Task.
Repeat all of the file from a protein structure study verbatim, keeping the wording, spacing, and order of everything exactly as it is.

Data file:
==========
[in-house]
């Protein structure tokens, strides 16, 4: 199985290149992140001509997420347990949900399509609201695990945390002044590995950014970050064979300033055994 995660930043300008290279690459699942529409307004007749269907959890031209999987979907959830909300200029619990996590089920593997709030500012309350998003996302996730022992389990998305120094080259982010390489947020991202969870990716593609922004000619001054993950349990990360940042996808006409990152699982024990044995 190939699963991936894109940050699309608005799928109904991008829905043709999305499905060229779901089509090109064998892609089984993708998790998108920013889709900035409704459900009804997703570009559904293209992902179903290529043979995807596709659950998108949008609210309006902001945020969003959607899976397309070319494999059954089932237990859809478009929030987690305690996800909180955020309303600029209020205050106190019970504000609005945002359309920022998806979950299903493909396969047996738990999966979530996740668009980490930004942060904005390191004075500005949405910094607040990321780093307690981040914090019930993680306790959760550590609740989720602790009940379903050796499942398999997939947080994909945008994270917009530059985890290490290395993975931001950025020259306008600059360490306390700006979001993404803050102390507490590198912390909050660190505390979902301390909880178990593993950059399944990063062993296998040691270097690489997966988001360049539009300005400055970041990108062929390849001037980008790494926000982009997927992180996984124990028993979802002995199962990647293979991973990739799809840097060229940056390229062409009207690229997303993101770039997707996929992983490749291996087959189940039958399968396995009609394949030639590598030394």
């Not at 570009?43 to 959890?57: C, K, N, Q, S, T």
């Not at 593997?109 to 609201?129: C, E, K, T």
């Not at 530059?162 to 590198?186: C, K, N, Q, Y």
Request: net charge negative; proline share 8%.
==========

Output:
[in-house]
């Protein structure tokens, strides 16, 4: 199985290149992140001509997420347990949900399509609201695990945390002044590995950014970050064979300033055994 995660930043300008290279690459699942529409307004007749269907959890031209999987979907959830909300200029619990996590089920593997709030500012309350998003996302996730022992389990998305120094080259982010390489947020991202969870990716593609922004000619001054993950349990990360940042996808006409990152699982024990044995 190939699963991936894109940050699309608005799928109904991008829905043709999305499905060229779901089509090109064998892609089984993708998790998108920013889709900035409704459900009804997703570009559904293209992902179903290529043979995807596709659950998108949008609210309006902001945020969003959607899976397309070319494999059954089932237990859809478009929030987690305690996800909180955020309303600029209020205050106190019970504000609005945002359309920022998806979950299903493909396969047996738990999966979530996740668009980490930004942060904005390191004075500005949405910094607040990321780093307690981040914090019930993680306790959760550590609740989720602790009940379903050796499942398999997939947080994909945008994270917009530059985890290490290395993975931001950025020259306008600059360490306390700006979001993404803050102390507490590198912390909050660190505390979902301390909880178990593993950059399944990063062993296998040691270097690489997966988001360049539009300005400055970041990108062929390849001037980008790494926000982009997927992180996984124990028993979802002995199962990647293979991973990739799809840097060229940056390229062409009207690229997303993101770039997707996929992983490749291996087959189940039958399968396995009609394949030639590598030394």
């Not at 570009?43 to 959890?57: C, K, N, Q, S, T």
């Not at 593997?109 to 609201?129: C, E, K, T």
């Not at 530059?162 to 590198?186: C, K, N, Q, Y």
Request: net charge negative; proline share 8%.